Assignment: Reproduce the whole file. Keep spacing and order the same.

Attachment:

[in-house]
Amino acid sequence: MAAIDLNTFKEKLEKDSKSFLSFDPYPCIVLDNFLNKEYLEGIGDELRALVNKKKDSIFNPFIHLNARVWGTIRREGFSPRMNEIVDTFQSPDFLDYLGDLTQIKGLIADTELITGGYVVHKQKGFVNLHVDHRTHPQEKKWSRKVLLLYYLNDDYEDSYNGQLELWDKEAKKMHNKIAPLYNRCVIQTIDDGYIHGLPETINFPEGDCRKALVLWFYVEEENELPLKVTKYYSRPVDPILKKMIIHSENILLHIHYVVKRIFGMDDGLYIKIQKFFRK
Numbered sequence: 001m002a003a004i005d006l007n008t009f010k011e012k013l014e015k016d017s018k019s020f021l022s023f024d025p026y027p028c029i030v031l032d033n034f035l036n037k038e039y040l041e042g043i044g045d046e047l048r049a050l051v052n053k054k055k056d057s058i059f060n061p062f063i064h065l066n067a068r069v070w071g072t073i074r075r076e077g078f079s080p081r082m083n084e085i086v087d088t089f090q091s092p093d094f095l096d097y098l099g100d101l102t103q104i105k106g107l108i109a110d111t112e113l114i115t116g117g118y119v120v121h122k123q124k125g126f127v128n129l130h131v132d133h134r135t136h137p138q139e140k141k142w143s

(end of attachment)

[in-house]
Amino acid sequence: MAAIDLNTFKEKLEKDSKSFLSFDPYPCIVLDNFLNKEYLEGIGDELRALVNKKKDSIFNPFIHLNARVWGTIRREGFSPRMNEIVDTFQSPDFLDYLGDLTQIKGLIADTELITGGYVVHKQKGFVNLHVDHRTHPQEKKWSRKVLLLYYLNDDYEDSYNGQLELWDKEAKKMHNKIAPLYNRCVIQTIDDGYIHGLPETINFPEGDCRKALVLWFYVEEENELPLKVTKYYSRPVDPILKKMIIHSENILLHIHYVVKRIFGMDDGLYIKIQKFFRK
Numbered sequence: 001m002a003a004i005d006l007n008t009f010k011e012k013l014e015k016d017s018k019s020f021l022s023f024d025p026y027p028c029i030v031l032d033n034f035l036n037k038e039y040l041e042g043i044g045d046e047l048r049a050l051v052n053k054k055k056d057s058i059f060n061p062f063i064h065l066n067a068r069v070w071g072t073i074r075r076e077g078f079s080p081r082m083n084e085i086v087d088t089f090q091s092p093d094f095l096d097y098l099g100d101l102t103q104i105k106g107l108i109a110d111t112e113l114i115t116g117g118y119v120v121h122k123q124k125g126f127v128n129l130h131v132d133h134r135t136h137p138q139e140k141k142w143s